In this study, synchrotron based x-ray fluorescence (SXRF) microscopy and extended x-ray absorption fine structure (EXAFS) spectroscopy were utilized to characterize the Gd deposits in skin from a patient with NSF.  Figure 1 shows a summary of the microprobe results.  The tissue itself shows typical histopathology of NSF, showing subcutaneous fat lobules surrounded by fibrotic bands.  The SXRF images show Gd deposited throughout the tissue, and especially surrounding the fat lobule. The maximum observed con­centration of Gd was 0.41 g cm-3 with an average Gd concentration of 0.011 g cm-3.   The SXRF images also show a clear associ­ation of Gd with Ca and P.  Throughout the Gd rich areas, the x-ray analyses indicate a consis­tent ratio of Gd:Ca:P of 1.0:0.43:1.6. 

Figure 2.
Figure 2. EXAFS spectra at the Gd L3-edge and analysis of the tissue sample compared with that from selected gadolinium-based contrast agents. (Left) EXAFS spectra and (right) Fourier transforms with simulated fits of (a) skin tissue, (b) the GBCA Omniscan™, (c) the GBCA Magnevist®. The Fourier transforms are phase corrected assuming Gd–O interactions.

Gd EXAFS from the skin sample shows a very different coordination environment from that of the GBCAs, and fitting analysis shows that the tissue-bound Gd is coordinated by phosphate (Figure 2).  EXAFS from both GBCAs show that Gd  is coordinated in the diethylene triamine pentaacetic acid (DTPA) derivative structure, consisting of O atoms at 2.4 Å, a complex set of C atoms around 3.5 Å, and a split peak of outer O/N atoms at 4.2 – 4.5 Å.  The Gd tissue sample shows a very different structure with O atoms at 2.39 Å, P at 3.11 and 3.72 Å, and Gd neighbors at an average of 4.05 Å.  These structural parameters are consistent with structures of hydrated Gd-phosphates and mixed metal salts such as KCaGd(PO4).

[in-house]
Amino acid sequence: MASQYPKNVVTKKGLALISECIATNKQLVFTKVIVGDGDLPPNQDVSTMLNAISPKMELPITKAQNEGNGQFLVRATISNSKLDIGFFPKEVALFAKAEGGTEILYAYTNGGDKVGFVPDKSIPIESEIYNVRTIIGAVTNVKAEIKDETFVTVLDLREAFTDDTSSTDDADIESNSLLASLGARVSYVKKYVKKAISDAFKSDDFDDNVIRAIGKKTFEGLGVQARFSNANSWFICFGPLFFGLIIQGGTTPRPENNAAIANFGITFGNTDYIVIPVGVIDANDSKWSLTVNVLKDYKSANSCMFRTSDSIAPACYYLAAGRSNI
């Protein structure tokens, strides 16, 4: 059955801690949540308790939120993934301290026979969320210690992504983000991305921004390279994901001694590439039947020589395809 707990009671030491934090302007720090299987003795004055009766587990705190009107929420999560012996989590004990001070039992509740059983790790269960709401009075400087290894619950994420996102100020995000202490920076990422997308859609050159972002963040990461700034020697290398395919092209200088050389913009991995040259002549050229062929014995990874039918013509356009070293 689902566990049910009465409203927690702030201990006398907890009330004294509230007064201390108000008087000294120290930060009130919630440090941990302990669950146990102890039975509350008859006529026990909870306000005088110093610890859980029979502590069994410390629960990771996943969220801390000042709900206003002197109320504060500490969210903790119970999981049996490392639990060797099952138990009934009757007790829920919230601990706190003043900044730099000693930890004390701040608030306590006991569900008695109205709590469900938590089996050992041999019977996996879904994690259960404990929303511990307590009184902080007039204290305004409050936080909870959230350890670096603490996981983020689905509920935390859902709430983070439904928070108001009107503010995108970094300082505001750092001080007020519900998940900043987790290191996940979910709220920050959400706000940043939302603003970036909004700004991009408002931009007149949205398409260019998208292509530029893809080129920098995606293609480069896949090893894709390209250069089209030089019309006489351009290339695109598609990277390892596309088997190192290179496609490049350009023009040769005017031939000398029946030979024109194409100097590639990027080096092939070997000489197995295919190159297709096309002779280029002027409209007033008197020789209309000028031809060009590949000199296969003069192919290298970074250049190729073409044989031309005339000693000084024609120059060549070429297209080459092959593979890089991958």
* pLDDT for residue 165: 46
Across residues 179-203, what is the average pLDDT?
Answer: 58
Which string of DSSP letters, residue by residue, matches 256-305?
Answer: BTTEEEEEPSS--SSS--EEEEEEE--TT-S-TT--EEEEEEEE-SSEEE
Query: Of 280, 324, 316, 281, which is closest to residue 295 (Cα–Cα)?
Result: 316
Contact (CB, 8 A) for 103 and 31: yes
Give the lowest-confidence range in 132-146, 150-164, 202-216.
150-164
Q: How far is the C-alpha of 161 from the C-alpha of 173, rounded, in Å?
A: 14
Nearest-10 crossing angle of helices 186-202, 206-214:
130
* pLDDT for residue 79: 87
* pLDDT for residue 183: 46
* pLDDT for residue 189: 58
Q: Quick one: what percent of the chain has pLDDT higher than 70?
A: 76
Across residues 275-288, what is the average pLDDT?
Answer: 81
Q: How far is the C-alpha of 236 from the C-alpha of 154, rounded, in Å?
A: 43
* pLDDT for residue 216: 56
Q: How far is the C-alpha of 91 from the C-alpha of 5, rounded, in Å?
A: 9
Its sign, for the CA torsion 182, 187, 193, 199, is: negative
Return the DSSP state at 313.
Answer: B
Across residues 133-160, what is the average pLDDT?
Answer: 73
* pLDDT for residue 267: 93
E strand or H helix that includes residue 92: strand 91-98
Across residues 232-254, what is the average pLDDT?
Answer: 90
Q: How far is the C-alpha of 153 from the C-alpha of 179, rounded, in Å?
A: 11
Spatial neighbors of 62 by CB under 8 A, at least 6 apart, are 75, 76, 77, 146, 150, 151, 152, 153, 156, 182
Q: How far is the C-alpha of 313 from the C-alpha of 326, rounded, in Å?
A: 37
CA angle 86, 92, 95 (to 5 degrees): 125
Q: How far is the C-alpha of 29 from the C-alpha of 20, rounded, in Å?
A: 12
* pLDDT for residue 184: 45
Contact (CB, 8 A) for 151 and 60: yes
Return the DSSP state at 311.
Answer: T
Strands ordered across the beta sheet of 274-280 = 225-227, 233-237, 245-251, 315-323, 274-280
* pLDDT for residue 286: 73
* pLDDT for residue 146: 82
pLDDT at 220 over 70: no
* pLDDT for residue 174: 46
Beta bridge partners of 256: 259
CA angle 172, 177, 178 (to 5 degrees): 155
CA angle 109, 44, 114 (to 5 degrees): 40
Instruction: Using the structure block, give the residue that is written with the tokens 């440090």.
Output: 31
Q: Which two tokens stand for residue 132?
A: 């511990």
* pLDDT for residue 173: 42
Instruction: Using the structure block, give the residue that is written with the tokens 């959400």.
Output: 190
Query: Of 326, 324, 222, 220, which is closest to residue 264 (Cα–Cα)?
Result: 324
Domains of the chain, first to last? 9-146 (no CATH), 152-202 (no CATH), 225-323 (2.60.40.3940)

These results provide the first atomic scale constraints on the molecular structure of Gd deposits in NSF tissue samples, as well as the first direct evidence for the chemical release of Gd from GBCA in human tissue.  SXRF shows a strong, nearly invariant correlation between Gd, P, and Ca. EXAFS clearly shows Gd present in a GdPO4-like structure, with little to no Gd still observed in the original GBCA.  It seems reasonable to suppose that these deposits in NSF are either causally related to the disease or at least represent a marker of the release of Gd from the chelated GBCA.  This in turn helps identify the challenges to chemists and physicians hoping to treat NSF patients.

Primary Citation: 

Simon. J. George, Samuel. M. Webb, Jerrold. L. Abraham, Stephen P. J. Cramer, “Synchrotron X-ray Analysis Demonstrate Phosphate-Bound Gadolinium in Skin in Nephrogenic Systemic Fibrosis”, British Journal of Dermatology, 163, 1077 (2010)